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Review: The Essex Serpent - Sarah Perry

4 out of 5 stars

“Not even knowledge takes all the strangeness from the world”

The Essex Serpent is one of those cases where I wanted to wait out the hype. Around its release in 2016, this novel seemed to dominate every bookclub, store shelf and reviewers frontpage. 19 year old me was a little intimidated by this and decided to put off reading the book, and apparently I completely forgot about it for quite some time, until I recently found myself in the library, being drawn to it by the sirens call of this beautiful cover. I’m happy I waited, as if I had read it during the hype, it might have been a bit of a disappointment, whereas now it was a very positive surprise. I had a great time reading this book. It ticks many of my boxes: themes of the conflict between myths and science, taking place in an atmospheric setting, gorgeous writing and very well developed characters. As an extra bonus: some of them have a great interest in medical sciences.

Sarah Perry’s amazing skill as an author really shows in this novel. Her writingstyle has the right balance of descriptiveness and lush language for me, and I utterly enjoyed it. She weaves together many individual storylines, and yet managed to keep me engaged in all of them. There was a single point (at around 200 pages), where I felt like the story of Cora dragged just a little, but throughout the rest of the book I had trouble putting it down.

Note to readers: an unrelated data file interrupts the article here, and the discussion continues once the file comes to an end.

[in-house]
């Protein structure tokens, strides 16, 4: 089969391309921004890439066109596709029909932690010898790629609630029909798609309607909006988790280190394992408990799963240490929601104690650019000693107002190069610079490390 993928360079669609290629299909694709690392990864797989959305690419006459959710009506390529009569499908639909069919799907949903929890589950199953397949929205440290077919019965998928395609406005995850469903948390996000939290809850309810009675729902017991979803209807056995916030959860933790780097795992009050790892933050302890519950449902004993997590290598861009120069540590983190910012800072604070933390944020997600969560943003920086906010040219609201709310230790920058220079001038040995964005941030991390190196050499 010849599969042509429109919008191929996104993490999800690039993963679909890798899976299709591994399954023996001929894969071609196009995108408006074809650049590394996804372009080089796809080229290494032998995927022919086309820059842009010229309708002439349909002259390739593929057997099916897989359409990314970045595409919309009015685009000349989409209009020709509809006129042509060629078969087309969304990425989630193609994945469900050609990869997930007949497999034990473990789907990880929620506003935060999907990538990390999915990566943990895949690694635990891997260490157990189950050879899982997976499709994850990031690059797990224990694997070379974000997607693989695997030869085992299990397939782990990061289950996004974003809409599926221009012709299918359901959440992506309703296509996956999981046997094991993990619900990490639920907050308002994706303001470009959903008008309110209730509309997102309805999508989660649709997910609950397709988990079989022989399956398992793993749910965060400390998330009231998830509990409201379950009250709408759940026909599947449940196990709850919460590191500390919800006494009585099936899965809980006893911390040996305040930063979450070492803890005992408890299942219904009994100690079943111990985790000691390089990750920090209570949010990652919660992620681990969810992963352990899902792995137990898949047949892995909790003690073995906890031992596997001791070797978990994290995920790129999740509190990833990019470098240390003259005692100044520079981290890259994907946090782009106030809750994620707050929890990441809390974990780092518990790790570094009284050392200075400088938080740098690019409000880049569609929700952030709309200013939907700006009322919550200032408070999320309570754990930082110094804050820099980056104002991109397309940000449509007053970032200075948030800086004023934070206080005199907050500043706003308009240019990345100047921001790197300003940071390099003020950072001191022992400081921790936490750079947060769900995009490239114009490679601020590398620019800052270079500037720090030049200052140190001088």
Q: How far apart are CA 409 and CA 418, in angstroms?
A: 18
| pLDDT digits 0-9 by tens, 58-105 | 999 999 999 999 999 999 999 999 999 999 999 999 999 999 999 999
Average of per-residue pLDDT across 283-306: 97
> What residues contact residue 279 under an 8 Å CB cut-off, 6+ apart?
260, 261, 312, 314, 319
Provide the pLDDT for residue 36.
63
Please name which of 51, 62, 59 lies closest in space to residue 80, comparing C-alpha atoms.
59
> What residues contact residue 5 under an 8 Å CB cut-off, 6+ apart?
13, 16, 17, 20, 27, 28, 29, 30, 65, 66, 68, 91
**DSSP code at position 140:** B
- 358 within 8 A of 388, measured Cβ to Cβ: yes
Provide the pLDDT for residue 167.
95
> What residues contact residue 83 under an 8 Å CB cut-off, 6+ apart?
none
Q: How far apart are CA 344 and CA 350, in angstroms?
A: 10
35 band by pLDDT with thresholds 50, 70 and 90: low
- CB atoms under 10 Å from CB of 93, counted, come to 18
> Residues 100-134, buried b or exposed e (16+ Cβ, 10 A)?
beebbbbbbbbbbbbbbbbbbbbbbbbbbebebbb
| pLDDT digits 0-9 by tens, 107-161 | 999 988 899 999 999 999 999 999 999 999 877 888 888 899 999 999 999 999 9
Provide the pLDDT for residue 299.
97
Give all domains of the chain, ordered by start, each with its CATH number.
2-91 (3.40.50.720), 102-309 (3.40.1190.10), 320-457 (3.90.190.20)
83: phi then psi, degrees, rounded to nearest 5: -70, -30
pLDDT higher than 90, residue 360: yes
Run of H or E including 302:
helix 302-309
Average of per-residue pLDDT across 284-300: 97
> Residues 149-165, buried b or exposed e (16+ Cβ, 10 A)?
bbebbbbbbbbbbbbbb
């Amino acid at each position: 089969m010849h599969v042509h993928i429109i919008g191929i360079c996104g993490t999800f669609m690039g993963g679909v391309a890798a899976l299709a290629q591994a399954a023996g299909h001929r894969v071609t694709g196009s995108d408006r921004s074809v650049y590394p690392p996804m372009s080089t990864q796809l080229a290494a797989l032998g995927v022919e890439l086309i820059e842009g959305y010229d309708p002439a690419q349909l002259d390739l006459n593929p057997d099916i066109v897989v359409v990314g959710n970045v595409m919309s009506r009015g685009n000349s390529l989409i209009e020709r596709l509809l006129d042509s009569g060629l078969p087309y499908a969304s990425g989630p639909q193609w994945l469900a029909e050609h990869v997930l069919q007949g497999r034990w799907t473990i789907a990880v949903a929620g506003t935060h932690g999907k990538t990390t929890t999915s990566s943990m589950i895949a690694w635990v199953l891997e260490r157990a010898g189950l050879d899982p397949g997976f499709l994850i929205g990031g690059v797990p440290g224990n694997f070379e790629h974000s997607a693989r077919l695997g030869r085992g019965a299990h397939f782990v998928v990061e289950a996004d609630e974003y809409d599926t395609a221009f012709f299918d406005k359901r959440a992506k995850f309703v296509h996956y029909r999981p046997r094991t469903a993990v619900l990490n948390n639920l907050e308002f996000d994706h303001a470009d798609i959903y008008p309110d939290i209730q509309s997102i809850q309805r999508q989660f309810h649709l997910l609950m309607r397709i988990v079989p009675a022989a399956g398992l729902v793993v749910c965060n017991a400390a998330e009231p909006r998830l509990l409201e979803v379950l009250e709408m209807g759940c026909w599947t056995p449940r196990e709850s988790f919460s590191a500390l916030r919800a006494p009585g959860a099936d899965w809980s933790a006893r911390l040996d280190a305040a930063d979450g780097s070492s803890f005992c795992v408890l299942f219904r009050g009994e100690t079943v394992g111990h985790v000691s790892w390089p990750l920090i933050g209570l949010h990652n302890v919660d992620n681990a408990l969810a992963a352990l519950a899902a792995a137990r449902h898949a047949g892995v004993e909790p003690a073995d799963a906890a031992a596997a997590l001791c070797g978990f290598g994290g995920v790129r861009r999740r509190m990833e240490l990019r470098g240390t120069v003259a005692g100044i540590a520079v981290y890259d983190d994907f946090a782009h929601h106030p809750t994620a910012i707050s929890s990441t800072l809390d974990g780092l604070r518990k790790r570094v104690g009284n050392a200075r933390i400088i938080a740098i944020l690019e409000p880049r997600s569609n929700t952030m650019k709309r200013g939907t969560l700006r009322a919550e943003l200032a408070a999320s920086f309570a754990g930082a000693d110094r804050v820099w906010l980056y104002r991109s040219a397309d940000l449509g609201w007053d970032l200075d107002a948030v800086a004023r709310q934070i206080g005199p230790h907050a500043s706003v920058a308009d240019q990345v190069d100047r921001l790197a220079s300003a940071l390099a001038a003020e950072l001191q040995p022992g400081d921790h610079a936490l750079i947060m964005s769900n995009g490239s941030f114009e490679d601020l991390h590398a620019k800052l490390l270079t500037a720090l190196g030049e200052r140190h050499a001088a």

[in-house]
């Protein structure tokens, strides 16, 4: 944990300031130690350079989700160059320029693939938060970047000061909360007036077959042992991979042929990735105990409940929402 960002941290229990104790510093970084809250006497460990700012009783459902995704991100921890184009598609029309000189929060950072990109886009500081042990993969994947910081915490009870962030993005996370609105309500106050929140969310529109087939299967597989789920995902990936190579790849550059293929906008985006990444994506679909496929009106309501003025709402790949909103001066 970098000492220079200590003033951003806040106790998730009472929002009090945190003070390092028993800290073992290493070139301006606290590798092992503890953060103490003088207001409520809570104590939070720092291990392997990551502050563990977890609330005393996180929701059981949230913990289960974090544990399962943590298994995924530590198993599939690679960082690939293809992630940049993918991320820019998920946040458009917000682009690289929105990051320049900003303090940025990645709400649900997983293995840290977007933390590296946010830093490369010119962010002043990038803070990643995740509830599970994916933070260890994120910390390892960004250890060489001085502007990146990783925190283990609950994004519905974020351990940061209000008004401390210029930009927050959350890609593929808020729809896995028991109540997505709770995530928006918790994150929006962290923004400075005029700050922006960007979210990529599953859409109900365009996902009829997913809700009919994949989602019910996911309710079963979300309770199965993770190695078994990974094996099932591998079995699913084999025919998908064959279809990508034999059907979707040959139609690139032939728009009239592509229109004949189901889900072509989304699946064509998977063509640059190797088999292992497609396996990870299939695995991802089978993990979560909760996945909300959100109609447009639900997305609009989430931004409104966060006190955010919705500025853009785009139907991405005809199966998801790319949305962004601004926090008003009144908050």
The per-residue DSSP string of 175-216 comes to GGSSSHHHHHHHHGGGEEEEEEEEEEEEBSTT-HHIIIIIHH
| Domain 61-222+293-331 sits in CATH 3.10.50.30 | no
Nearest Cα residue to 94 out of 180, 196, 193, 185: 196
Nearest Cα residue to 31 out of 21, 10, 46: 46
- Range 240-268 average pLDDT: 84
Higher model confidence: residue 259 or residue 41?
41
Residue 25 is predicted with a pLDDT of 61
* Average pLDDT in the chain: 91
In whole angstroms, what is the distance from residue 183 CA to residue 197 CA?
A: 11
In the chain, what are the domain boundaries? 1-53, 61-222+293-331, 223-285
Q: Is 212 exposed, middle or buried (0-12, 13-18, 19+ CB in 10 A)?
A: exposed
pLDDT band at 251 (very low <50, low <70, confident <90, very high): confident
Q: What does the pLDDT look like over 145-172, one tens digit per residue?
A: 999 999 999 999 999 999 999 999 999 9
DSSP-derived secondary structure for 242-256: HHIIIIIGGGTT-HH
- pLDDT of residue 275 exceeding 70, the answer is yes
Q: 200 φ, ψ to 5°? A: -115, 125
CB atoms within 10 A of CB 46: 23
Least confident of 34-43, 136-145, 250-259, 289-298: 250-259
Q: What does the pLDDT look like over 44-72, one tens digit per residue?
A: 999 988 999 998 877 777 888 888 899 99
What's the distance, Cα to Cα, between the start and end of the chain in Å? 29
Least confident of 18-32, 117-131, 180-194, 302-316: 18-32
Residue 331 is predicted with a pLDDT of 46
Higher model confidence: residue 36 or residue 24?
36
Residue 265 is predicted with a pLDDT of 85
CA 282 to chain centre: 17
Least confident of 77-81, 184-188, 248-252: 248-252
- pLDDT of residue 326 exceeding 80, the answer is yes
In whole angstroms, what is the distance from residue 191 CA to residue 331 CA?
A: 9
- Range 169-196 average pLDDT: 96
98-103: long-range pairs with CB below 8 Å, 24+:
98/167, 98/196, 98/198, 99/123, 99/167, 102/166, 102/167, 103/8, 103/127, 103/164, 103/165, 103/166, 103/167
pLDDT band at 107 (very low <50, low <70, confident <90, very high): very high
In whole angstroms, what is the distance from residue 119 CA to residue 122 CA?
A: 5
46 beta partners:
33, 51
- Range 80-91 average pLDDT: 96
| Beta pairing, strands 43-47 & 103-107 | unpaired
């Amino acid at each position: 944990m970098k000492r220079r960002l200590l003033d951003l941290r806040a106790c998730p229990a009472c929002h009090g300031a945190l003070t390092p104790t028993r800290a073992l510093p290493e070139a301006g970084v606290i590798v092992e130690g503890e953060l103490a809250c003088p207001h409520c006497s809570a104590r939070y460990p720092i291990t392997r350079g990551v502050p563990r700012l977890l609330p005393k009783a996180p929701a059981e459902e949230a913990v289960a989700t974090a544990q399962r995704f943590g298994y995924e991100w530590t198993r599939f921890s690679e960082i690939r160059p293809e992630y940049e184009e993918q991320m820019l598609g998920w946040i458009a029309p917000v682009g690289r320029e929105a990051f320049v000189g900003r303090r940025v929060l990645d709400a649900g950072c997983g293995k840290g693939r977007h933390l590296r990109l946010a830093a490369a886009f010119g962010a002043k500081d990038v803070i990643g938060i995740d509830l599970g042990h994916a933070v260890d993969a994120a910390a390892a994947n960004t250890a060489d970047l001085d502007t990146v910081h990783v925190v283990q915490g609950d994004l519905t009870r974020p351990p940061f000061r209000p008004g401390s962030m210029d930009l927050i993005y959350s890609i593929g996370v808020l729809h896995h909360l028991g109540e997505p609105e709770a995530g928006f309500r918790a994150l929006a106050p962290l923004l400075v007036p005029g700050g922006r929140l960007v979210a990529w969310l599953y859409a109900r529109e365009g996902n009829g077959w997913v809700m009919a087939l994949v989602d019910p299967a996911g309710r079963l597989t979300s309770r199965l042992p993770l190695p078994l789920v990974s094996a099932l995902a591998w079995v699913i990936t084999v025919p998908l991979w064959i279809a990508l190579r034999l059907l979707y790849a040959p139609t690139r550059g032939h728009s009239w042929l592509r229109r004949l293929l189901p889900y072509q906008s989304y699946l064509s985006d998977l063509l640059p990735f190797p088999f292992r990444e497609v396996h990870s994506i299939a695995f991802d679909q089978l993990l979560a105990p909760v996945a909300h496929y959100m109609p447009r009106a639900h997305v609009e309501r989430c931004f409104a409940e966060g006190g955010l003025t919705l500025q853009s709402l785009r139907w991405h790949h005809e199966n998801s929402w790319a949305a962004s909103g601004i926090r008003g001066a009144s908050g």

Moreover, the novel is incredibly clever in its construction and its use of symbolism. Often authors fall into the trap of wanting to make their book “too smart” and either overstating their symbolic references, or leaving everything as vague as possible, to the point where you can question whether there was meaning in the first place. Sarah Perry finds a very good balance here; her symbolism is not too heavy handed, yet it’s clear she had her reasons for including many of the details. The strongest part about this novel, in my opinion, is the connection between the setting and the narrative. The story deals heavily with themes of finding explanations and meaning (either through science, religion or convention) for things you can’t understand. The mysterious, dark and often frightening nature of the landscape matches this perfectly.

I did feel the need to take a star off my rating, because of two gripes I had with the novel. The first is the character of Cora, who is presented as a feminist with scientific interest, even though that was unheard off for a woman of her time. This in itself was great, however, she did often fall into the trope of “fixing history”, where the protagonist is basically a modern woman who tells her contemporaries how to live “the right way”. We are told that this behavior is unheard of for a woman, but we are never shown this. Everybody around her seems to completely accept and respect her, and behaves as if they wouldn’t expect a lady to do otherwise. It would have been much more powerful (and realistic) if she had been a little less of a modern woman, and had sometimes had to battle the prejudices of her time and come out the other way.

The second disappointment was the ending, in some way, which was a little too neat to my taste. If you would like to know more about this, see my review on Goodreads, and click the spoiler-part.

Other than those two points; this was a great read, which I highly recommend. I am personally excited to read more from Sarah Perry and will be picking up very soon.


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